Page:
As many of you know, most of my pictures come from a Canon Digital Rebel XT. I’m very happy with the 18–50mm f2.8 lens from Sigma that I’m using with it.
As someone who (1) likes taking pictures and (2) is a geek, I’m always on the lookout for novel things to do with my camera. Over the last few days, I have been collecting links. I thought I should share them.
Pinhole cameras are about as simple as you can get: film with a small hole allowing light in. But why limit yourself to little boxes and film when you have a perfectly good instant-gratification digital sensor lying around?
As it turns out, you can make a quite nice pinhole camera with a camera’s body cap. Throw in a toilet paper tube or two, and you can have a zoom pinhole as well.
I’m sure most of you can picture olde-timey cameras with the lens on a set of bellows. Well, they make new ones too: they are view cameras and are just the thing if you want full-control over the image you’re taking, and want to record on a large chunk of film for high detail. This may be a good time to note that a set of bellows will do at least as much as tilt-shift lenses, including the fake miniatures fetured on Boing Boing.
Once again, why piss around with film if you don’t have to? I’m pretty sure my local London Drugs won’t process a 4×5″ negative anyway. You can buy a set of bellows for a regular SLR that does the same job. For US$2500. Then buy an expensive medium-format lens.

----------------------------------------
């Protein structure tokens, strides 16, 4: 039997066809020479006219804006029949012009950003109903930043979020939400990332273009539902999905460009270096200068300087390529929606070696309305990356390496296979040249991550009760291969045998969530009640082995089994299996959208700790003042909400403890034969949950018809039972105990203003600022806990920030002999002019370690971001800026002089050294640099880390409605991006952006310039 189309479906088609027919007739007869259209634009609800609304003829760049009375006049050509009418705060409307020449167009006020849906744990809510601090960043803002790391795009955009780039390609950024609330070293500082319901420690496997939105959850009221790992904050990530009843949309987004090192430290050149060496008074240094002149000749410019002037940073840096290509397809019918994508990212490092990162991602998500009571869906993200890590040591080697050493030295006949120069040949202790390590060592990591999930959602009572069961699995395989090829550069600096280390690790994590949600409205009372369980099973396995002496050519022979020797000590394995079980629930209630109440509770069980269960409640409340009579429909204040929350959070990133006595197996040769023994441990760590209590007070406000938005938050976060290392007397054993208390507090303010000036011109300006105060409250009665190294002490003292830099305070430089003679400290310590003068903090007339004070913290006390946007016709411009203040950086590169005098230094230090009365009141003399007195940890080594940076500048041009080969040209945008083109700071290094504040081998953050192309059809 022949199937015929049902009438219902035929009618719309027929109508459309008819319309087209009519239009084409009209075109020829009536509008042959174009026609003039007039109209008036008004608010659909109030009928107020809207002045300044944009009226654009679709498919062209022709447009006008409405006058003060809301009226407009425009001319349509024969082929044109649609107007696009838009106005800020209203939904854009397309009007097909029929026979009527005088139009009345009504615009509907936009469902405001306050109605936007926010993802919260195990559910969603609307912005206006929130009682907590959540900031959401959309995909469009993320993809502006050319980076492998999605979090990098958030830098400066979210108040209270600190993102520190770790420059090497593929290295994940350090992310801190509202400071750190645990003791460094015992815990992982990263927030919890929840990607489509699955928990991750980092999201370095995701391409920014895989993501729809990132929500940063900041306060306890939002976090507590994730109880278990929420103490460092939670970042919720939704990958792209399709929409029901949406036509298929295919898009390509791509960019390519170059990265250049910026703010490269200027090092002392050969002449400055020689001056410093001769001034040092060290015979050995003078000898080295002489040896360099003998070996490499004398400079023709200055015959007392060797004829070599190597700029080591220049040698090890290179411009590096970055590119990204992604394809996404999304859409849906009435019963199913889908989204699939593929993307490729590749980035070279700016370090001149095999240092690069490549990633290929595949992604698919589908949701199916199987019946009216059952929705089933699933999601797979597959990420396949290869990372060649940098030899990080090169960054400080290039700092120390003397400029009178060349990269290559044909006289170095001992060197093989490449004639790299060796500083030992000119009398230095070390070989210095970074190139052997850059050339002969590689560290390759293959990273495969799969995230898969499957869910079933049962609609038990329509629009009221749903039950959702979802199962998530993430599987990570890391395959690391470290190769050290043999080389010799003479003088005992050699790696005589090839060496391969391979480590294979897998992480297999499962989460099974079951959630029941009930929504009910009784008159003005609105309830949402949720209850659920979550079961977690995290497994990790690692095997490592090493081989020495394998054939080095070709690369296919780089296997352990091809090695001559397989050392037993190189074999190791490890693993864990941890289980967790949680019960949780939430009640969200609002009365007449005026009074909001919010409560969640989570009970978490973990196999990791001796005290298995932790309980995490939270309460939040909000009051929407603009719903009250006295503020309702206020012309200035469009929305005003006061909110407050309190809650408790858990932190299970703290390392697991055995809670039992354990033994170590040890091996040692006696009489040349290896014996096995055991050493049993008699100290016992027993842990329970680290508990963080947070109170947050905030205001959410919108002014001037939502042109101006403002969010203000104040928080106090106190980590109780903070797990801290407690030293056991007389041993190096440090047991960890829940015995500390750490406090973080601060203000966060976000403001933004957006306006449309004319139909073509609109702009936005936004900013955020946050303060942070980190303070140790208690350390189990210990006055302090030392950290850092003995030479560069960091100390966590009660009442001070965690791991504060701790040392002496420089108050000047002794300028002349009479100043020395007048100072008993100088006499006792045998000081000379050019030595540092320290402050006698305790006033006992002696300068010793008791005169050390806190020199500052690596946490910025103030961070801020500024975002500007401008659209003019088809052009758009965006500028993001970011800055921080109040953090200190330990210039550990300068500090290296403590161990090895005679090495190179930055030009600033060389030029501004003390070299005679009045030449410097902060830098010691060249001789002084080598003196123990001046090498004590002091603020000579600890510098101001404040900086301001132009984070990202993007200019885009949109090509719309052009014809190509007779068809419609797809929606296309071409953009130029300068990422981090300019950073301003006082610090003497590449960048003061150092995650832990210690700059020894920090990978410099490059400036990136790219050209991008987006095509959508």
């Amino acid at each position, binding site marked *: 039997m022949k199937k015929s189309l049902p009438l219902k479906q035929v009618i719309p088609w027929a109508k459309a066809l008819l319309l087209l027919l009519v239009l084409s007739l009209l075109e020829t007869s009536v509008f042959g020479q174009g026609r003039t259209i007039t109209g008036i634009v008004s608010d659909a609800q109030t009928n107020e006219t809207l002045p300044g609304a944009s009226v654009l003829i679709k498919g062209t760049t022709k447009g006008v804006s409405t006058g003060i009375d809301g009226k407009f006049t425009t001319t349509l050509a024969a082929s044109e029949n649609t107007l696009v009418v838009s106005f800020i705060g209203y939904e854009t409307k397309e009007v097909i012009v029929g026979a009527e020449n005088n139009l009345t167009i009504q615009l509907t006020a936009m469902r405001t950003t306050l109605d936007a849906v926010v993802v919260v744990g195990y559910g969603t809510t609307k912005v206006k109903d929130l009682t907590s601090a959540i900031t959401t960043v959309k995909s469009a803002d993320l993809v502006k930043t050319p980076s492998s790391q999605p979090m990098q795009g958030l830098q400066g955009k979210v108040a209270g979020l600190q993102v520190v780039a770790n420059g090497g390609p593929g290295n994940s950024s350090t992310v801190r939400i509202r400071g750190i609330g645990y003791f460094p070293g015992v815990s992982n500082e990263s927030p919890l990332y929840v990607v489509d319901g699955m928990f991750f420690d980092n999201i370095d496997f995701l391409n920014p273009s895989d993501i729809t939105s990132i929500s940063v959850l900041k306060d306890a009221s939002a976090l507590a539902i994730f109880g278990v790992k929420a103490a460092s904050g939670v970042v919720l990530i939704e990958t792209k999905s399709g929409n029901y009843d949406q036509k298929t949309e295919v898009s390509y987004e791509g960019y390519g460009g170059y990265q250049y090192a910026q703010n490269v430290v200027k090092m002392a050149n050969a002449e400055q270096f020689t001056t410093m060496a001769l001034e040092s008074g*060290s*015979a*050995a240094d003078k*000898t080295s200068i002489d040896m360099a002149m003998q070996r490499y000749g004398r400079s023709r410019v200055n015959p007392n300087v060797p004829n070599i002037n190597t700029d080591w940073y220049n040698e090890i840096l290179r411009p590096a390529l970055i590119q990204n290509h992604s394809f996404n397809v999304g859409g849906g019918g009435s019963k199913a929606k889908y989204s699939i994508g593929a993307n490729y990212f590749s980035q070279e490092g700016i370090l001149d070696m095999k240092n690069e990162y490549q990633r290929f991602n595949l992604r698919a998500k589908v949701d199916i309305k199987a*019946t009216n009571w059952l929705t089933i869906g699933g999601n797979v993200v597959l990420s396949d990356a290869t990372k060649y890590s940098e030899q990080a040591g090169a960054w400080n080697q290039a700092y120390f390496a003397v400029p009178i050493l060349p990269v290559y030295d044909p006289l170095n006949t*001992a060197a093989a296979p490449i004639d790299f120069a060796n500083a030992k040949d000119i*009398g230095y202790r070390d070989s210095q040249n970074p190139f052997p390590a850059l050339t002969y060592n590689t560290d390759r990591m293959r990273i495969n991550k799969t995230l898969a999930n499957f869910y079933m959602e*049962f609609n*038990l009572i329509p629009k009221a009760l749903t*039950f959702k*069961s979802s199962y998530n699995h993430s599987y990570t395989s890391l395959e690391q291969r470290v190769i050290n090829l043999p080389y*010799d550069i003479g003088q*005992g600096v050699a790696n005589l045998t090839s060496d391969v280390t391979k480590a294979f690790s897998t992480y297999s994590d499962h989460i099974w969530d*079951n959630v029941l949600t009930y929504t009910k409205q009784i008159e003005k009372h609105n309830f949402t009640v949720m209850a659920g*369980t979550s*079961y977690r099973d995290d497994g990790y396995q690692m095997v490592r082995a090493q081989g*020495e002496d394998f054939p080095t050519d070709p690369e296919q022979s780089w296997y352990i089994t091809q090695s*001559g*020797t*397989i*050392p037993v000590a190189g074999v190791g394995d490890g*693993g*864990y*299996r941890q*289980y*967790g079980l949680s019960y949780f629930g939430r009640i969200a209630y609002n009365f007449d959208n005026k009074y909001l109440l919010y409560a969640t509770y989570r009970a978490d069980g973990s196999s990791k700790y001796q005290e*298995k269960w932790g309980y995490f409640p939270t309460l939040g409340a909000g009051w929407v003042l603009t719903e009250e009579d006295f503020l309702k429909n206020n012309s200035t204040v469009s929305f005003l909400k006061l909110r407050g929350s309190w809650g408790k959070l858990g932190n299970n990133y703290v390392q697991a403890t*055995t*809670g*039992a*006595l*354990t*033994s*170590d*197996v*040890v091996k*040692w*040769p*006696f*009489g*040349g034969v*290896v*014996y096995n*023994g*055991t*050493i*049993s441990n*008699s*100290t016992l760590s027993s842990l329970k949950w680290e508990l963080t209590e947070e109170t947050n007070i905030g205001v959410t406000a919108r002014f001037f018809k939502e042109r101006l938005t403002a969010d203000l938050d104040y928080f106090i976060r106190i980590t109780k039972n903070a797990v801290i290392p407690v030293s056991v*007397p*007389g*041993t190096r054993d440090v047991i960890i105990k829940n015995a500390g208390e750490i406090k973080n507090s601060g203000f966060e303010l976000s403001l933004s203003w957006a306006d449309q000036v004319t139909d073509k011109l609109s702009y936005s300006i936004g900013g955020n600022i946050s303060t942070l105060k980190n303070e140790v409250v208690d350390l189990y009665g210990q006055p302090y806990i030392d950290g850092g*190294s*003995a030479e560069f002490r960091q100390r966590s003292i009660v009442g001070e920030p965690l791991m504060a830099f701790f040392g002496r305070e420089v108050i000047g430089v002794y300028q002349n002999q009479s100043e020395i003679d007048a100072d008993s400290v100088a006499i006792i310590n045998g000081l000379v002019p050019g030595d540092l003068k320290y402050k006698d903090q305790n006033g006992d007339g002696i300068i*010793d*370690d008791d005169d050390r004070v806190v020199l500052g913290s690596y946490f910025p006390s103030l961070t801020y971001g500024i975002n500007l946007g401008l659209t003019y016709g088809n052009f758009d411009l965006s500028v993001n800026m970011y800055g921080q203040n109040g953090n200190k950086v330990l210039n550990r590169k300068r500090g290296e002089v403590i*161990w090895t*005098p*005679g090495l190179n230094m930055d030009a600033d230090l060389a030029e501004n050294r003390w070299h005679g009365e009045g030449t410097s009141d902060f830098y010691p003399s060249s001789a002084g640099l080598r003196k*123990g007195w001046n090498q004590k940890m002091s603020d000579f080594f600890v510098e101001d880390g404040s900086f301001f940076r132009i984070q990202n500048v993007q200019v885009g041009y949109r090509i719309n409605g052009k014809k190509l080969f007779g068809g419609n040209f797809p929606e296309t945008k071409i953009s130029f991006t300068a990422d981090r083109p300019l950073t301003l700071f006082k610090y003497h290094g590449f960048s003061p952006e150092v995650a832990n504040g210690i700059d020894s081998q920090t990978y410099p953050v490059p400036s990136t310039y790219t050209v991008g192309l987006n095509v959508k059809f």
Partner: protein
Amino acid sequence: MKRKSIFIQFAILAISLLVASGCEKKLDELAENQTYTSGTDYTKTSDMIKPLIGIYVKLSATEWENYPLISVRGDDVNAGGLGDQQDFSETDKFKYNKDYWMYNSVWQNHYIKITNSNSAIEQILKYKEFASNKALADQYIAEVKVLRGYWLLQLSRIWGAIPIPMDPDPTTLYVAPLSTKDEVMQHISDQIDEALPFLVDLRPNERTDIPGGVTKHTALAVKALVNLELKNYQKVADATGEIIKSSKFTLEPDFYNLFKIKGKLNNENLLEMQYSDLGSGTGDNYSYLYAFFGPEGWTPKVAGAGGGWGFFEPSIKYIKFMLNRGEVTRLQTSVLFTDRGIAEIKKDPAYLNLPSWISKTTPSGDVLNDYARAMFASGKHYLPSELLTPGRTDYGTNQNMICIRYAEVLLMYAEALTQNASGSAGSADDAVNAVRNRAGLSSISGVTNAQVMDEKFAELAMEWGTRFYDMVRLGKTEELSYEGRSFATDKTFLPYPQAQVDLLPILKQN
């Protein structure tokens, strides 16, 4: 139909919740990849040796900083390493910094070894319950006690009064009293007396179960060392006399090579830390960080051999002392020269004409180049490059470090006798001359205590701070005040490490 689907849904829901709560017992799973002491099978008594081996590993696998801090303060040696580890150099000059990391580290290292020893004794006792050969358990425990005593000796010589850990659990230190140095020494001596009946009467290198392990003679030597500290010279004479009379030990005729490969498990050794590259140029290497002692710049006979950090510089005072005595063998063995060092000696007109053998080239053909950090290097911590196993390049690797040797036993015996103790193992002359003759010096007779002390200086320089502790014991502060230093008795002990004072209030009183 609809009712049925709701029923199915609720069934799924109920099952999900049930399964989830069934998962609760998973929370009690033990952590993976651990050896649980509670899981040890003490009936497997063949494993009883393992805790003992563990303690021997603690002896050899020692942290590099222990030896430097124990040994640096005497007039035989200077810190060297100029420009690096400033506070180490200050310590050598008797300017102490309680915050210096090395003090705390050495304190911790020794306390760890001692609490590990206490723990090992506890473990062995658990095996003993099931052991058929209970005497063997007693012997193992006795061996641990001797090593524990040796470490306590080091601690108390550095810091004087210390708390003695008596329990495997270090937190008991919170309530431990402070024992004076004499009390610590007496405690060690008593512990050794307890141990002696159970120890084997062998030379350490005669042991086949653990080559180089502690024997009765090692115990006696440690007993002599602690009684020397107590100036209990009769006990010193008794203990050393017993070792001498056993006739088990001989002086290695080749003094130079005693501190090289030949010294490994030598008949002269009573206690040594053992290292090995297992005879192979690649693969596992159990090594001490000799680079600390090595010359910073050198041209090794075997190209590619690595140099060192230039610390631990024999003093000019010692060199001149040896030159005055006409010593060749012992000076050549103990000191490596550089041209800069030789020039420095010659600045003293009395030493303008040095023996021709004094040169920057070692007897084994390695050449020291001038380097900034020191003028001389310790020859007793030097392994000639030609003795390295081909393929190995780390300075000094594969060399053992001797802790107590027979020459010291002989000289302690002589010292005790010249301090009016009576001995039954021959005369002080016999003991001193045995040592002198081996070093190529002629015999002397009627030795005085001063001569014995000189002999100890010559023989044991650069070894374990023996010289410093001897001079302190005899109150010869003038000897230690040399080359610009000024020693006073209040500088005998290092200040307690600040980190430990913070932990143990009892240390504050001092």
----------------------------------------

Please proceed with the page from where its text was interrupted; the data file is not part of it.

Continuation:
In the lower end of the scale, one can buy a Lensbaby for US$150 or $270 (depending on the model). Or, the right kind of person can make a set of bellows out of a toilet plunger.
I have experimented with making panoramic images before. The idea is to take a series of pictures from one location and stitch them together with software like Hugin to stitch them together. The results can be quite impressive.
Shooting panoramas of landscapes is easy, but when you get up-close, parallax becomes an issue: you have to hold the camera still (over just the right point) while you turn it. A special tripod head is required to do this right. Panoramic heads typically run US$400 and up and are probably worth it if you need to do that kind of thing professionally. A KingPANO can be had for US$150 and looks like it might be fun to play with.
I have also run across AquaPacs for underwater photography. On the other side of panoramas are object panoramas. You can buy an object turntable or make one with Legos to assist with this.
I also ran across a couple of general camera-hack sites: DigiHack and DIYPhotography.
I don’t own any of these things (nor have I made any). I have been thinking about getting a KingPANO for a while, so I might order one of those some time.
Another trend here is using the camera’s body cap to attach crazy stuff as a “lens”. I might stop by a camera shop and see if they have spare caps (from dead cameras or something).
Anybody else got cool stuff to add?